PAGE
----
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London, Istanbul / Nov & Dec '23 Update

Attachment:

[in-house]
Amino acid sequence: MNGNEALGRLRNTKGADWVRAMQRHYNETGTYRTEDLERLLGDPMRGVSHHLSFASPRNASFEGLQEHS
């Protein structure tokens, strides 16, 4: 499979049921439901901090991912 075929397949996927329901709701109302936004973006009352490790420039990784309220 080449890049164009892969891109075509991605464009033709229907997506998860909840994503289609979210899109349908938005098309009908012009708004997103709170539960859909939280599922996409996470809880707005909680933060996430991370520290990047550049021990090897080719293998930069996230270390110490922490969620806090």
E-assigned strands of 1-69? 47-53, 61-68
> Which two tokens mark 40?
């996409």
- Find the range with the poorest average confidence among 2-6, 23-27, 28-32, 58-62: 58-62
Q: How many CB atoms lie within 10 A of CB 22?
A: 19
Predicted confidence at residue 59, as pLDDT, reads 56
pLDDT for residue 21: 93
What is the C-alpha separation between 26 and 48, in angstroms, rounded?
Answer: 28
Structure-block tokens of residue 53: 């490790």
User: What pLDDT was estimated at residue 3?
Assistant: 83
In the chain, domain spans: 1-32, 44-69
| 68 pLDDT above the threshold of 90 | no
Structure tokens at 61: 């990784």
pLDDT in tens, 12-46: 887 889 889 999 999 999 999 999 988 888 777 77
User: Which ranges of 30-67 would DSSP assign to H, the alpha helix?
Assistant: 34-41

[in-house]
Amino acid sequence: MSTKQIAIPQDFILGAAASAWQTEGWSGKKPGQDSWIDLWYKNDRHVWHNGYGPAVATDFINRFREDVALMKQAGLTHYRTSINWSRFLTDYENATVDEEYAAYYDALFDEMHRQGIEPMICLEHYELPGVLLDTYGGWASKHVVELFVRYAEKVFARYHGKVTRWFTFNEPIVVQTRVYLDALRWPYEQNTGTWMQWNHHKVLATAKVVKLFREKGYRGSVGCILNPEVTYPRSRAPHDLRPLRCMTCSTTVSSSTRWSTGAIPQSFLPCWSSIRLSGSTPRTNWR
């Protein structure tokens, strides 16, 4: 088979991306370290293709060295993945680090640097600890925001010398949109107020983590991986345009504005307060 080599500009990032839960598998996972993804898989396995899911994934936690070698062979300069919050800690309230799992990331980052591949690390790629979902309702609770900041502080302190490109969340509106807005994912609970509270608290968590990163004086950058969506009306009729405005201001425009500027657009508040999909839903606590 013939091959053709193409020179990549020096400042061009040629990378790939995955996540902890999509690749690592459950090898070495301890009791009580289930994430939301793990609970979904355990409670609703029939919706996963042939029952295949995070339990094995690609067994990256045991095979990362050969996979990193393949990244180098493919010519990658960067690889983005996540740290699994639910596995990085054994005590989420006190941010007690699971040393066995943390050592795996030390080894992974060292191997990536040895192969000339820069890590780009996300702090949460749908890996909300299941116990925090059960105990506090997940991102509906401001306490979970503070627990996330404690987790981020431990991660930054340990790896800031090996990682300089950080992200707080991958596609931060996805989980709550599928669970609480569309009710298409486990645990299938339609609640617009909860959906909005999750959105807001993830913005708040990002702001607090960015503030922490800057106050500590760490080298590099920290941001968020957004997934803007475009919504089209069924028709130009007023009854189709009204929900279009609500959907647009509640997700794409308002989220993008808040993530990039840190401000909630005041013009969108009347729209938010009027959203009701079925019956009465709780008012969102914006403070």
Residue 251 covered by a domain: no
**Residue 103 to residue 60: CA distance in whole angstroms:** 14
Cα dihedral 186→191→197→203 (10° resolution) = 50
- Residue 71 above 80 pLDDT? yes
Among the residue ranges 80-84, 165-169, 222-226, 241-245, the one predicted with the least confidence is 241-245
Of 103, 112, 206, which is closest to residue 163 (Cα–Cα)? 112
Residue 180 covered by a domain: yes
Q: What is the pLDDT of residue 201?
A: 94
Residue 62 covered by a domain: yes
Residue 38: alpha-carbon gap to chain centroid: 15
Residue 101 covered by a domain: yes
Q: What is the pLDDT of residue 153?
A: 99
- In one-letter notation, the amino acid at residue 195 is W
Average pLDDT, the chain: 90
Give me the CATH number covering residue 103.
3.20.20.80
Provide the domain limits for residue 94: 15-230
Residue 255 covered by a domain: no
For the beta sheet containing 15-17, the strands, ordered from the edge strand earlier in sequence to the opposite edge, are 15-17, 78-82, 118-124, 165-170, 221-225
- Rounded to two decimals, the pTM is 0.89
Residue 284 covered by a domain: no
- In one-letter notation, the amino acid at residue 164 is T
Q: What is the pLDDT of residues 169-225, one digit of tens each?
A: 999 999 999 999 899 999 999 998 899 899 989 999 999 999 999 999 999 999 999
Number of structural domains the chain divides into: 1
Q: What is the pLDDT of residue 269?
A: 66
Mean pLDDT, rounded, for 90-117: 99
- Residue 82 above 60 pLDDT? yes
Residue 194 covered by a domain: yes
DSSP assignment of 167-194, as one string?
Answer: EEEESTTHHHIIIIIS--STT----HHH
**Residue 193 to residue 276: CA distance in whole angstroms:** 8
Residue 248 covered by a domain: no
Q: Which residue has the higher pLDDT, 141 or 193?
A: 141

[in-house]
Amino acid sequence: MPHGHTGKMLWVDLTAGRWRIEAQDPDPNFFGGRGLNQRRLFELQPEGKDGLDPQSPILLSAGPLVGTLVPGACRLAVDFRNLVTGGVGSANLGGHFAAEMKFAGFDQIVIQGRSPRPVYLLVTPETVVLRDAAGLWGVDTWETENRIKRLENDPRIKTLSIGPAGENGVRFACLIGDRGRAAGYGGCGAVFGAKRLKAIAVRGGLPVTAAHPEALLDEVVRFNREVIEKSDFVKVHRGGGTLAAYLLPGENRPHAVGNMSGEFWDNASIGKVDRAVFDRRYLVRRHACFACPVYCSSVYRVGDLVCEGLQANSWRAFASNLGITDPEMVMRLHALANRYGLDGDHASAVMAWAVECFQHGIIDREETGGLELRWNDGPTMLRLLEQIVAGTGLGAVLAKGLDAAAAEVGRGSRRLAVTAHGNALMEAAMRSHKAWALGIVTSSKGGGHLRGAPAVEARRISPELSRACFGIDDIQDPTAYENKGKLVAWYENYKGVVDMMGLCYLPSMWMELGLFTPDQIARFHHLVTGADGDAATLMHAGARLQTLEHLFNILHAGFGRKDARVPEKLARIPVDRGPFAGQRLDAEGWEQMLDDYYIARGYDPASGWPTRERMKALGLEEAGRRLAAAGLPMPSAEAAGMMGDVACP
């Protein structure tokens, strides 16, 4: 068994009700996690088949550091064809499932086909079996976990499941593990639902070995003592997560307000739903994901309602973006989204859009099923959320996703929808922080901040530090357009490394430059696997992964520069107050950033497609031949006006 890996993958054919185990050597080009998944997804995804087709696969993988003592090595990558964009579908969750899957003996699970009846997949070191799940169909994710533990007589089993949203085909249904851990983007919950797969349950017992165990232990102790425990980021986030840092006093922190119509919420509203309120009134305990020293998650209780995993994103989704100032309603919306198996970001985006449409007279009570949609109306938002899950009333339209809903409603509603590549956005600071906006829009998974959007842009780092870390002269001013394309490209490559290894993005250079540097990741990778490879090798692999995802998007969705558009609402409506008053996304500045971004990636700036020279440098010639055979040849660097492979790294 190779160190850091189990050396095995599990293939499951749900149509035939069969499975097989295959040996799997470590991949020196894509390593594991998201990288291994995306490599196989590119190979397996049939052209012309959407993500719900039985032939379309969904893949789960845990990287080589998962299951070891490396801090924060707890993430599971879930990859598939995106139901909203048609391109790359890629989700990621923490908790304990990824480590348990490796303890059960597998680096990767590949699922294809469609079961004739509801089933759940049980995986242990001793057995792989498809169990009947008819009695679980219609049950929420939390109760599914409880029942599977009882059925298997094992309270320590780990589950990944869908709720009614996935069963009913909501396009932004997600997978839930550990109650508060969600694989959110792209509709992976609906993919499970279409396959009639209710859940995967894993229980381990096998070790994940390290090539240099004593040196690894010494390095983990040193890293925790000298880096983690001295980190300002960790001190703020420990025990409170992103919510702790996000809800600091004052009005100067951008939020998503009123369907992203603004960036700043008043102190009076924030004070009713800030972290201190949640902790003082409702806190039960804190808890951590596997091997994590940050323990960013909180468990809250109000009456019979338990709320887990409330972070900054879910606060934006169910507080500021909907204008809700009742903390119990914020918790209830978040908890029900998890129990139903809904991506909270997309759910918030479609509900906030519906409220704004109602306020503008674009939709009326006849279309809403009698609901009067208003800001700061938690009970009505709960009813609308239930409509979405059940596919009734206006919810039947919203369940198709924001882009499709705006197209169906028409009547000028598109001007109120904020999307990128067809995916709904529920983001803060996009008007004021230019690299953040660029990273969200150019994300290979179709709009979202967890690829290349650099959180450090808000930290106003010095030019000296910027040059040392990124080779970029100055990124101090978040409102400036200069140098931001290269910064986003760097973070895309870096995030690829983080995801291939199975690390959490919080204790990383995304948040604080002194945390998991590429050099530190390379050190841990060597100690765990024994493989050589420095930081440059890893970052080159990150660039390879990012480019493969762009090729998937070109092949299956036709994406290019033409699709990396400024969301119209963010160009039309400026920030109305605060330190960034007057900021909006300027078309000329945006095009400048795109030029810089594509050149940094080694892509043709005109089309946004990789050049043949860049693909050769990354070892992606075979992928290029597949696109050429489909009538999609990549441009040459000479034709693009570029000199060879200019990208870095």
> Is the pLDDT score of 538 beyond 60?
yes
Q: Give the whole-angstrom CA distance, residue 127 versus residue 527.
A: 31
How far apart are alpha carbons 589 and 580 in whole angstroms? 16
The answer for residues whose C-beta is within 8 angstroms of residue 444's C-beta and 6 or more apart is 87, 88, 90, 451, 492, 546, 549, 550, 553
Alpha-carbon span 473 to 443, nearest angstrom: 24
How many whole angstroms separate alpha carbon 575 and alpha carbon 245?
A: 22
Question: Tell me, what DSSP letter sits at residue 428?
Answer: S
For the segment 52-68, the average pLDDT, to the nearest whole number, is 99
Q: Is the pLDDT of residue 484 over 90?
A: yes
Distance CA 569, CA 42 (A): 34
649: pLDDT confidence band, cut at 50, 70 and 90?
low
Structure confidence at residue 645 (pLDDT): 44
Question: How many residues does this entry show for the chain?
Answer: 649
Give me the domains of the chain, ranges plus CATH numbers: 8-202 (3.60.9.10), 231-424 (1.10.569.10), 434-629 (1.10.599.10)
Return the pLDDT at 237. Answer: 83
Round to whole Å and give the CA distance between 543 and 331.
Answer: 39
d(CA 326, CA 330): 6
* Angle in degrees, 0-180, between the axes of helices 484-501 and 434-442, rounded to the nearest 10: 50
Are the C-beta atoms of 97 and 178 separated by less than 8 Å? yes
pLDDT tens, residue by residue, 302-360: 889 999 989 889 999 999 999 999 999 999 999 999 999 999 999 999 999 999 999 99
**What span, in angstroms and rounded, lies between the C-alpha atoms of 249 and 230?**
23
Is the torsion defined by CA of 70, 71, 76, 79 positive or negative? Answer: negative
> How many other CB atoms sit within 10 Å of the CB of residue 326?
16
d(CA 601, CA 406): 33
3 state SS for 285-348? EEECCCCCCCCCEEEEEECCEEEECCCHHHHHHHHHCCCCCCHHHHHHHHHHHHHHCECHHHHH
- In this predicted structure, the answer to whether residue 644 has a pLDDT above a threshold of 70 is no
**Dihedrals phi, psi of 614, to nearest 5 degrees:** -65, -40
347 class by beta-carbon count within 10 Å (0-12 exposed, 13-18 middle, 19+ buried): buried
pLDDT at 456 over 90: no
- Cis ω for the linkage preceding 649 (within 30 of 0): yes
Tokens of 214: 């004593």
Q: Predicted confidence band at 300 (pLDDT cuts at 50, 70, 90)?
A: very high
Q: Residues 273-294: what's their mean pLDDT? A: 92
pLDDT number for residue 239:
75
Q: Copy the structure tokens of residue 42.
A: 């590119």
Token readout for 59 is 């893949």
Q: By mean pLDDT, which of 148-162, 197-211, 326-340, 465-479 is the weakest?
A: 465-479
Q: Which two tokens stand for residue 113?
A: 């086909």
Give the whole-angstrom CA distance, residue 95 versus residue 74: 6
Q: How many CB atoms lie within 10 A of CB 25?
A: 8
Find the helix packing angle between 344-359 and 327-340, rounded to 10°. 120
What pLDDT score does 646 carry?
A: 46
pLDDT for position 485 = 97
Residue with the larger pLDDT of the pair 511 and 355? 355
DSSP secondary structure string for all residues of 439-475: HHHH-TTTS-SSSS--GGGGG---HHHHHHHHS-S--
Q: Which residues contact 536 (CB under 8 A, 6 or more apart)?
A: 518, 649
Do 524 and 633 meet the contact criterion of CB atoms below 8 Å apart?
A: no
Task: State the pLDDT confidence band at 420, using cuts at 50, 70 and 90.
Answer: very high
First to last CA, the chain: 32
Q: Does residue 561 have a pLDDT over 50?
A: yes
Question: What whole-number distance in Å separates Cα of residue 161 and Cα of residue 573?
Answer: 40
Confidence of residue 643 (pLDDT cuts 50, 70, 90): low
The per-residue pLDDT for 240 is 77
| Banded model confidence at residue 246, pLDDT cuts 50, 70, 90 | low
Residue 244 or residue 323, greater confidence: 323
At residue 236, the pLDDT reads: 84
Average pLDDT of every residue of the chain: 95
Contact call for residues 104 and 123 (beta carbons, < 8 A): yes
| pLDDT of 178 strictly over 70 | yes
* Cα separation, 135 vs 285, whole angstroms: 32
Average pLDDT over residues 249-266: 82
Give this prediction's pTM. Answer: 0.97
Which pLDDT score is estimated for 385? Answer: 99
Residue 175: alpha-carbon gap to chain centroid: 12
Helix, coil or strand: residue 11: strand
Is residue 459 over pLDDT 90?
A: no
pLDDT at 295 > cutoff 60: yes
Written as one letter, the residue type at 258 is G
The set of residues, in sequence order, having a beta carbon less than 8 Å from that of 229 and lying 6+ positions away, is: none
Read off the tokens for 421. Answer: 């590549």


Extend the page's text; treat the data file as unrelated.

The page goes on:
London: Oct 10 - 17, 2023 Istanbul: Oct 17 - 23, 2023 During the last couple of months I embarked on my first international adventure since the pandemic. An old friend of mine invited me on a trip to Egypt and I couldn't resist. This summer has mostly been solo travel, and I jumped at the chance to travel with a companion. I had done countless hours of YouTube research, booked Airbnbs in Cairo, Alexandria, and Luxor. A couple of nights before our flight war broke out between Hamas and Israel causing a re-think of traveling to Egypt. Furthermore, there was a report of tourists and their guide being shot and killed by an Egyptian officer. That was just enough to feel like traveling to Egypt might not be the right time so a decision was made to do London and Istanbul instead. A week in London in the fall was quite nice. A jacket was sufficient in the mostly sunny and dry with occasional misty rainy days. All in all I checked into 31 places. Many coffee shops, famous sites, restaurants, parks, and Uber boat ride down the Thames. Getting around in London was fairly easy. The tube pretty much takes you everywhere. Pro tip: Don't buy the Oyster card. You can use NFC payments via credit card or digital wallet. There are daily maximums that will keep you below the weekly pass amount. You also won't have to figure out which zones you'll be in. [London Tube Pocket Map] A week at this Airbnb was fantastic. It was in Parsons Green a posh looking neighborhood full of row houses with food and groceries within a walkable distance. The bnb was the penthouse suite of a three story home. The hosts, Omar and Nadia, were from Egypt and avid travelers, which made for very interesting conversation. [The bnb in London with the door knob in the center of the door!] [Penthouse suite with a view of the neighborhood rooftops.] [Mandatory fish and chips from Fishers] [One of the many London cafes] The next stop was Istanbul, Turkey. I checked into about a dozen locations. Missing out on quite a few as they all weren't present on Swarm. The bnb was again a penthouse suite of a multi-story apartment building, but this time the whole place vs just part of the home. It was located in Besiktas close enough to the most visited locations, but far enough to get local vs tourist prices. [Checked in places in Istanbul, Turkey via Swarm App] Getting around was easy. It's most recommended to user a taxi from the Airport. Or Uber, which is just a way to hail a taxi, but simpler. Using Uber you can pay via the app and it seems harder to get scammed. Being a transit enthusiast I opted and encouraged use of the metro via underground and overground trains. It was a little intimidating at first, but easy enough after a few trips. [Metro Map in Besiktas] Istanbul was full of new and unfamiliar sensory inputs. The most surprising thing (to me) was that there were cats everywhere. I wouldn't be surprised to hear that there are more cats in Istanbul than people! [Kitty guarding the shop entrance] I had to try the Turkish coffee, which was gritty and strong. I have to admit I prefer espresso, but when in Turkey...[Traditional breakfast pastry and Turkish coffee] This was also my first foray into a predominantly Muslim country. There were mosques everywhere. And Adhan, call to prayer, was beautifully to hear throughout the day. [The Hagia Sophia] [Central chamber of the Hagia Sophia] Seeing the Hagia Sophia was surreal. I remember seeing the building in video games (Civilization series) and history shows. Although not always, it currently serves as a mosque. During times of prayer you cannot walk in the center. The Blue Mosque, another famous mosque, is located across the way. Pro tip: the restrooms at Blue Mosque are likely the cleanest and most fancy in the city. [Turkish tea] Turkish tea is super popular among the locals and quite good. You can pretty much get it anywhere on the cheap (usually). I've also been riding my mountain bike around Missouri. There's a trail that just about goes from Saint Louis to Kansas City called the Katy Trail. Not to be confused with the trail by the same name in Dallas, which I visited a month or so prior. I rode a 10 mile segment from Jefferson City to Hartsburg. It was absolutely beautiful.[Stop on the Katy Trail, Missouri] [One of the many bridges and passes] [The Missouri River along the Katy Trail] It's officially winter time here in Missouri with nights dipping below freezing. Due to Ill Niño December has been mild. Up until recently I was able to ride my bike, but now I'm thinking it's a bit too cold! I'm planning to take the bike and to head to California for the winter.